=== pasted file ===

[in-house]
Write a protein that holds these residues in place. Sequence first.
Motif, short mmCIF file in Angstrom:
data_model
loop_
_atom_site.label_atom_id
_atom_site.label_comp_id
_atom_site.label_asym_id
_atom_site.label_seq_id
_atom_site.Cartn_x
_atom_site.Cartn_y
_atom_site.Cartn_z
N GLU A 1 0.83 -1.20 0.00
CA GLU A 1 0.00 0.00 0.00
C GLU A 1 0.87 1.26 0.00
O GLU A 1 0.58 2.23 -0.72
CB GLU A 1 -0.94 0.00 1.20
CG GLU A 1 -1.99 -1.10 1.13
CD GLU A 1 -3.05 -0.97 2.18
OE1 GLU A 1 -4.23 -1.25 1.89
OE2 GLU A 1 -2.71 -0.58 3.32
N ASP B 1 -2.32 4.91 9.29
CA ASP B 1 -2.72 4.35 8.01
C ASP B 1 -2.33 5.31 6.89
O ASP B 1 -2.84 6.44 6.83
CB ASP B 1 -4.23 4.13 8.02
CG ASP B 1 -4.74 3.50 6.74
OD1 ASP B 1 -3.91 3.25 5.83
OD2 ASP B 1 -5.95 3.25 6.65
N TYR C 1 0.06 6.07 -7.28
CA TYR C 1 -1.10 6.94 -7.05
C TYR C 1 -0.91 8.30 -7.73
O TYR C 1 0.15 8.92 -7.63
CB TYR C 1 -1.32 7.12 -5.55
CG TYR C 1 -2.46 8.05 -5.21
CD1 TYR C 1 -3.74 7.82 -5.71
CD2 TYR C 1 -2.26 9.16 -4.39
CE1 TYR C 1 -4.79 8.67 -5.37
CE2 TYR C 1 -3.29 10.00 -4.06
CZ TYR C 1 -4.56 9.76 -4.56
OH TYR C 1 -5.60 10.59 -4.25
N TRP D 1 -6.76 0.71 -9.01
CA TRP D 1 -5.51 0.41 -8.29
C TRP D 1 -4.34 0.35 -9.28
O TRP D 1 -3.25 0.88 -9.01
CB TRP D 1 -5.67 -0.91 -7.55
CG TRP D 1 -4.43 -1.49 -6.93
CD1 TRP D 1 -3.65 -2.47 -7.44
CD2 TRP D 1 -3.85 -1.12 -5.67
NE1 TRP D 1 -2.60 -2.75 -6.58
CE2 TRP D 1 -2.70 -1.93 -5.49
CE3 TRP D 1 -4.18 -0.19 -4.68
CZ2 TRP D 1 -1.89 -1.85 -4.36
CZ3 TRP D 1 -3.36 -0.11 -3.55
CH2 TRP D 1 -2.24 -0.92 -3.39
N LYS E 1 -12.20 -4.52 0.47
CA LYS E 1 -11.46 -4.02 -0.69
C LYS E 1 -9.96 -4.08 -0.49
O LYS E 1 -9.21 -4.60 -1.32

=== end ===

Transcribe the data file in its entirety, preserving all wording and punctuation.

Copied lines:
[in-house]
Write a protein that holds these residues in place. Sequence first.
Motif, short mmCIF file in Angstrom:
data_model
loop_
_atom_site.label_atom_id
_atom_site.label_comp_id
_atom_site.label_asym_id
_atom_site.label_seq_id
_atom_site.Cartn_x
_atom_site.Cartn_y
_atom_site.Cartn_z
N GLU A 1 0.83 -1.20 0.00
CA GLU A 1 0.00 0.00 0.00
C GLU A 1 0.87 1.26 0.00
O GLU A 1 0.58 2.23 -0.72
CB GLU A 1 -0.94 0.00 1.20
CG GLU A 1 -1.99 -1.10 1.13
CD GLU A 1 -3.05 -0.97 2.18
OE1 GLU A 1 -4.23 -1.25 1.89
OE2 GLU A 1 -2.71 -0.58 3.32
N ASP B 1 -2.32 4.91 9.29
CA ASP B 1 -2.72 4.35 8.01
C ASP B 1 -2.33 5.31 6.89
O ASP B 1 -2.84 6.44 6.83
CB ASP B 1 -4.23 4.13 8.02
CG ASP B 1 -4.74 3.50 6.74
OD1 ASP B 1 -3.91 3.25 5.83
OD2 ASP B 1 -5.95 3.25 6.65
N TYR C 1 0.06 6.07 -7.28
CA TYR C 1 -1.10 6.94 -7.05
C TYR C 1 -0.91 8.30 -7.73
O TYR C 1 0.15 8.92 -7.63
CB TYR C 1 -1.32 7.12 -5.55
CG TYR C 1 -2.46 8.05 -5.21
CD1 TYR C 1 -3.74 7.82 -5.71
CD2 TYR C 1 -2.26 9.16 -4.39
CE1 TYR C 1 -4.79 8.67 -5.37
CE2 TYR C 1 -3.29 10.00 -4.06
CZ TYR C 1 -4.56 9.76 -4.56
OH TYR C 1 -5.60 10.59 -4.25
N TRP D 1 -6.76 0.71 -9.01
CA TRP D 1 -5.51 0.41 -8.29
C TRP D 1 -4.34 0.35 -9.28
O TRP D 1 -3.25 0.88 -9.01
CB TRP D 1 -5.67 -0.91 -7.55
CG TRP D 1 -4.43 -1.49 -6.93
CD1 TRP D 1 -3.65 -2.47 -7.44
CD2 TRP D 1 -3.85 -1.12 -5.67
NE1 TRP D 1 -2.60 -2.75 -6.58
CE2 TRP D 1 -2.70 -1.93 -5.49
CE3 TRP D 1 -4.18 -0.19 -4.68
CZ2 TRP D 1 -1.89 -1.85 -4.36
CZ3 TRP D 1 -3.36 -0.11 -3.55
CH2 TRP D 1 -2.24 -0.92 -3.39
N LYS E 1 -12.20 -4.52 0.47
CA LYS E 1 -11.46 -4.02 -0.69
C LYS E 1 -9.96 -4.08 -0.49
O LYS E 1 -9.21 -4.60 -1.32